Sinner’s Creed is a riveting, untold story of sex, drugs and rock and roll. Finally, Stapp reveals what it is like to be at the height of controversy due to his fame, faith and addictions and why he has tried to avoid one-on-one interviews until now. The book discloses the true story of a man living on the edge at full tilt. Sinner’s Creed is chock-full of page-turning experiences of a rock and roll visionary who was brought down to his knees by the pressures of fame, alcohol and an uncontrollable depression disorder. Through self-discovery and conviction, Scott Stapp was able to rise up again and walk a clean and sober path. In the midst of reconnecting with his fans while on tour, Scott has finally come full circle — a turnaround he credits to his renewed faith in God. Once a sinner, always a sinner, but what was once broken, has the power to heal.
Friday night was a spiritual awakening of sorts as Creed brought their 2012 tour to Thunder Valley Casino Resort‘s outdoor amphitheater, with lead singer Scott Stapp providing an emotional, chest thumping performance befitting a true rock-star.
Opening band Like a Storm started the show off as temperatures hovered just over 100 degrees, with Chris Brooks (lead singer/guitar), and his two brothers, Matt (lead guitar), and Kent (bass), along with drummer Roye Robley.
The New Zealand band is no stranger to Creed, this will be their fourth tour with the band and after listening to them perform, it was obvious why Creed has them open the show.
The show was to begin at 7:30, so when Like a Storm took the stage at 6:50, the crowd was pretty sparse. Kicking off with “Chemical Infatuation” and “Never Surrender,” they did a good job of getting the crowd up on their feet.
As Eve to Adam took the stage the seats were quickly filling in anticipation of Creed. With band members Taki Sassaris (lead vocals/guitar), Alex Sassaris (drums/backing vocals) and Gaurav Bali (guitar/backing vocals) they kicked off their set with”151″ and “No Regret.”
I would have preferred to see Like a Storm in the second slot. I thought they were far superior than Eve to Adam, and it would have been great to hear more songs from them.
The stage was dark as Creed band members Scott Stapp (lead vocals), Mark Tremonti (guitar), Scott Phillips (drums), and Brian Marshall (bass) quietly took the stage.
As the band started “Are You Ready,” the lights blasted on, bathing the audience in their brilliance, making it next to impossible to see what was happening onstage.
While the lighting on band members, including Stapp, was somewhat dark, the rest of the stage was lit up in various colors, with the audience getting the occasional dose of lights.
As the band went on to play “Torn” and “Wrong Way,” Stapp, who was already sweating profusely, continued pouring his heart and soul into each and every song. Stapp had total control over the audience as he would reach for the heavens with pained expressions and the occasional guttural scream.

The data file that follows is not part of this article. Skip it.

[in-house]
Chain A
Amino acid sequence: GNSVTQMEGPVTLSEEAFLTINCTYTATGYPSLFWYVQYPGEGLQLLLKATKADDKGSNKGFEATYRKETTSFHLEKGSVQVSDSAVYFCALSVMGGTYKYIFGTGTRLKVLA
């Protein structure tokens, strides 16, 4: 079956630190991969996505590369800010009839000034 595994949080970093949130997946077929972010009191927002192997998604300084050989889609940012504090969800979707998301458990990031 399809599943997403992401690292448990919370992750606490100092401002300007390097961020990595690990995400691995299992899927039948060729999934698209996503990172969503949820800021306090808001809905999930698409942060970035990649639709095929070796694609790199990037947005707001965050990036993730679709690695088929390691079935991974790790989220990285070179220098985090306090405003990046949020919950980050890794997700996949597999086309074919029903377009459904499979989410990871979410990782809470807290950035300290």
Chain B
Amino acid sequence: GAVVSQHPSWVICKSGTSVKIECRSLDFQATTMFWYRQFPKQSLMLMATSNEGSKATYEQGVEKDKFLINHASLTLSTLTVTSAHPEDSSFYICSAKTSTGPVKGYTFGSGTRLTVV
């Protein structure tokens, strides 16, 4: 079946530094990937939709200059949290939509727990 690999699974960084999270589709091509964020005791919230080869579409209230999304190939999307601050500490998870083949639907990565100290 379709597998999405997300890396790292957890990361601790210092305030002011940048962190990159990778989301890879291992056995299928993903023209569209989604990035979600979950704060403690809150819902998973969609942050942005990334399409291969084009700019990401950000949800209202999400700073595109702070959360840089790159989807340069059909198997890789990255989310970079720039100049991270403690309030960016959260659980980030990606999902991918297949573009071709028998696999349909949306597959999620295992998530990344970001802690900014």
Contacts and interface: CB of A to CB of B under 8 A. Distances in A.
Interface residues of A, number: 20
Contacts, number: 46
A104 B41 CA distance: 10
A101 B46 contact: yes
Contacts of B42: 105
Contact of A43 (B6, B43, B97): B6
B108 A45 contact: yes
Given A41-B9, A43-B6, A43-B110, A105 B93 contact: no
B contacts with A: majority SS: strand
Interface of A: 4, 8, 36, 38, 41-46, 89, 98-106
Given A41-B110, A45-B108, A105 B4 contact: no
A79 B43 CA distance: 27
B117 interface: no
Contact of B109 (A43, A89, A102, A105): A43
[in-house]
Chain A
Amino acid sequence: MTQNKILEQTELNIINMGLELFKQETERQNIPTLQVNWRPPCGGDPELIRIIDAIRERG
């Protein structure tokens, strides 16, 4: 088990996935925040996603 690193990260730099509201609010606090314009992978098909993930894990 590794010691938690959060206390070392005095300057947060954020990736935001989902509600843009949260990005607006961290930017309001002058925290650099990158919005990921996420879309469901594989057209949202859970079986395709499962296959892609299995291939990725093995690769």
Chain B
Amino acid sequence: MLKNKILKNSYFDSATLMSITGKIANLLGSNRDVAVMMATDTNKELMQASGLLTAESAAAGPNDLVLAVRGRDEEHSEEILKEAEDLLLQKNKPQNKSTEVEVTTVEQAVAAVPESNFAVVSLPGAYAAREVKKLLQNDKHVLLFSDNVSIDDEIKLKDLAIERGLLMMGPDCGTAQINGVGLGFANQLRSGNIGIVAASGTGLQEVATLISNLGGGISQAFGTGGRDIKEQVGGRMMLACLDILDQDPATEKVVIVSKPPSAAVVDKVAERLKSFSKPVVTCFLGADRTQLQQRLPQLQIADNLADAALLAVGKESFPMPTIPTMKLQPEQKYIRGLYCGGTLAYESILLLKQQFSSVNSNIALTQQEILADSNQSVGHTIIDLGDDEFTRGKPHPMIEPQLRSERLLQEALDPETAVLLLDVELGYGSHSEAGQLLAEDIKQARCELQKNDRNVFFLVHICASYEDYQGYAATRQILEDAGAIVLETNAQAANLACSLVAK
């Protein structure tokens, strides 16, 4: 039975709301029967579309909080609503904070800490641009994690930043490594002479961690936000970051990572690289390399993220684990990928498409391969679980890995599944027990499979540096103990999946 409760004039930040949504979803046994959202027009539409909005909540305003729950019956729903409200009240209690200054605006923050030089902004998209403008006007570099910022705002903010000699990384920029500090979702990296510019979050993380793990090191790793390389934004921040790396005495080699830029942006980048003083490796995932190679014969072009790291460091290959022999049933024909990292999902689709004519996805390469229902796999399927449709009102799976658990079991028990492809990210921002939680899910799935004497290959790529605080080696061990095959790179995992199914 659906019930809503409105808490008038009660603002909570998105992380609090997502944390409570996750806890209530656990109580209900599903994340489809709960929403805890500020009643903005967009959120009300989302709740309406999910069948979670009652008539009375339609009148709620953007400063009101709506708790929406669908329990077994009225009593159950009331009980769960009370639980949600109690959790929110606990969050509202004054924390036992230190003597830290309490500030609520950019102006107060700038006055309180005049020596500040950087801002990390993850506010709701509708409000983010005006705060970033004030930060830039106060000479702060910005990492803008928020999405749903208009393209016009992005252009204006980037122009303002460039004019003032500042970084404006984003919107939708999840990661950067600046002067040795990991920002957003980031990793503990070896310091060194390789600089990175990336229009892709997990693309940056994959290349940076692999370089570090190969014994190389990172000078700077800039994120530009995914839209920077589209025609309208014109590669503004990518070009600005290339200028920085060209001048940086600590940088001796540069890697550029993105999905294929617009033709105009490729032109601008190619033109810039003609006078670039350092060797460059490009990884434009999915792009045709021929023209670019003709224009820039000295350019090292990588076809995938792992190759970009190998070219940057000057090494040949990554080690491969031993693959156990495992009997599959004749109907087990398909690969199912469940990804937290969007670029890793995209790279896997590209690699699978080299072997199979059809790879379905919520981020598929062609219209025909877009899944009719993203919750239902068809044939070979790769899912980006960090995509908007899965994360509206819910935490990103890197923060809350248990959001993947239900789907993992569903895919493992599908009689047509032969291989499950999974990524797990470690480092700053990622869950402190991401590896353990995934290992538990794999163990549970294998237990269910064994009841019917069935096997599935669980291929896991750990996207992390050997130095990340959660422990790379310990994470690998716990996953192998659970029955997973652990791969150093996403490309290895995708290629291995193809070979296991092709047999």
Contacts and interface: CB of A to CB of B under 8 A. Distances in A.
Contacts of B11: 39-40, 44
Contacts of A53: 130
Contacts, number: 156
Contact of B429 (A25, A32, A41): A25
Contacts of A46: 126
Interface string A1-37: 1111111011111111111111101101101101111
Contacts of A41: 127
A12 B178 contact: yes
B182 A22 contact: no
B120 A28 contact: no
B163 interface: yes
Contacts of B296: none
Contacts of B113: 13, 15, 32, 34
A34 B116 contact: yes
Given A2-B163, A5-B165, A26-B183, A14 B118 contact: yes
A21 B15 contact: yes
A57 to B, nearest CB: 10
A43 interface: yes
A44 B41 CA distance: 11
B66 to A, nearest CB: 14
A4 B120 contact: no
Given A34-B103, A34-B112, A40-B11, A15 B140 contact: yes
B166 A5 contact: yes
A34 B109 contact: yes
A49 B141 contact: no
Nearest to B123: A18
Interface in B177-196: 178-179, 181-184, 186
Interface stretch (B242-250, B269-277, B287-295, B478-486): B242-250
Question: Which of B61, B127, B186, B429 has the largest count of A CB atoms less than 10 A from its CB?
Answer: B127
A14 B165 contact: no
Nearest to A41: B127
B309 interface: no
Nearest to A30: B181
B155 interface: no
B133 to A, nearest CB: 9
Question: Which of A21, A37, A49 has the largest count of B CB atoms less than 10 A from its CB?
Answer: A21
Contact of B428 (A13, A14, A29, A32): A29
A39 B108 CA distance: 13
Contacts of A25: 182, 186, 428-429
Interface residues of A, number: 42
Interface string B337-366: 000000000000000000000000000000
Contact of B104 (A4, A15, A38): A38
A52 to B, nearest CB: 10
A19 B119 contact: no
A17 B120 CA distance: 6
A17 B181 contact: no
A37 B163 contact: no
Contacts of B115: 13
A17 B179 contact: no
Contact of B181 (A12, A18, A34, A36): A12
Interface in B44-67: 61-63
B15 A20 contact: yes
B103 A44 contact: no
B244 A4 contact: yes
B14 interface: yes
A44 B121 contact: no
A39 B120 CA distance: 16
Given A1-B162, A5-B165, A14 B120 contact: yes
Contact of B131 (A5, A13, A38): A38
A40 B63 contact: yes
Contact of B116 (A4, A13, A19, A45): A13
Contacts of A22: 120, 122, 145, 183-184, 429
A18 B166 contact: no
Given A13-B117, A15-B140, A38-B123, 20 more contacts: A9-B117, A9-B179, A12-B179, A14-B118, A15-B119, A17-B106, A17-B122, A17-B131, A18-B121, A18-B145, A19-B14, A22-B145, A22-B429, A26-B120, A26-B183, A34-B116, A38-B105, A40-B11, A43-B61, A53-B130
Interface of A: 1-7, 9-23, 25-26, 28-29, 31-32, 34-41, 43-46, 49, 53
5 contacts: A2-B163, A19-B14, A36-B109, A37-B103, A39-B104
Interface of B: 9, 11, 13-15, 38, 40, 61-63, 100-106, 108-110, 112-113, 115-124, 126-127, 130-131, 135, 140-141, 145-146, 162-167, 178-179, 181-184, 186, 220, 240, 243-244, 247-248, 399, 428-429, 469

Creed stuck to the music that got them where they’re at and only played one song, “A Thousand Faces,” from their latest album Full Circle.
Many fans believe Creed is a Christian band, but Creed has never seen themselves as a Christian band. In an interview Stapp was asked if he was a Christian artist, to which he responded, “I’m an artist who’s a Christian, because I don’t write music to be evangelical. Now, if that happens, it happens. My dad’s a dentist, and he’s a Christian. Now, does he put in Christian fillings? No, that’s just part of his three-dimensional life. Now, there are people that are Christian artists, because they have a purpose to be evangelical for Christ. I don’t feel I’ve been called to that yet. Now, that could change. There’s no telling what kind of call God will put on my life.“
I had the opportunity to ask Creed fan Angela Williams what she thought about the Concert. While she didn’t get a chance to see Like a Storm, she did see Eve to Adam and thought they rocked. As for Creed . . . “Amazing, and they left us wanting more!”
Many fans after all these years were still comparing Creed to Pearl Jam and how much Stapp sounds like Eddie Vedder. Get over it people!! Creed has their own sound, their own personality, and their own legendary status ““ stop with the comparisons.
There’s still some great summer concerts left for Thunder Valley Casino’s Summer Concert Series.
But was it really Foreigner, or just another cover band?
Foreigner was originally formed in 1976 by veteran English musicians Mick Jones and Ian McDonald, along with American vocalist Lou Gramm. In 1980 McDonald left the band, leaving Jones and Gramm as the only original members. 1990 saw the departure of Gramm, only to rejoin the group a couple of years later.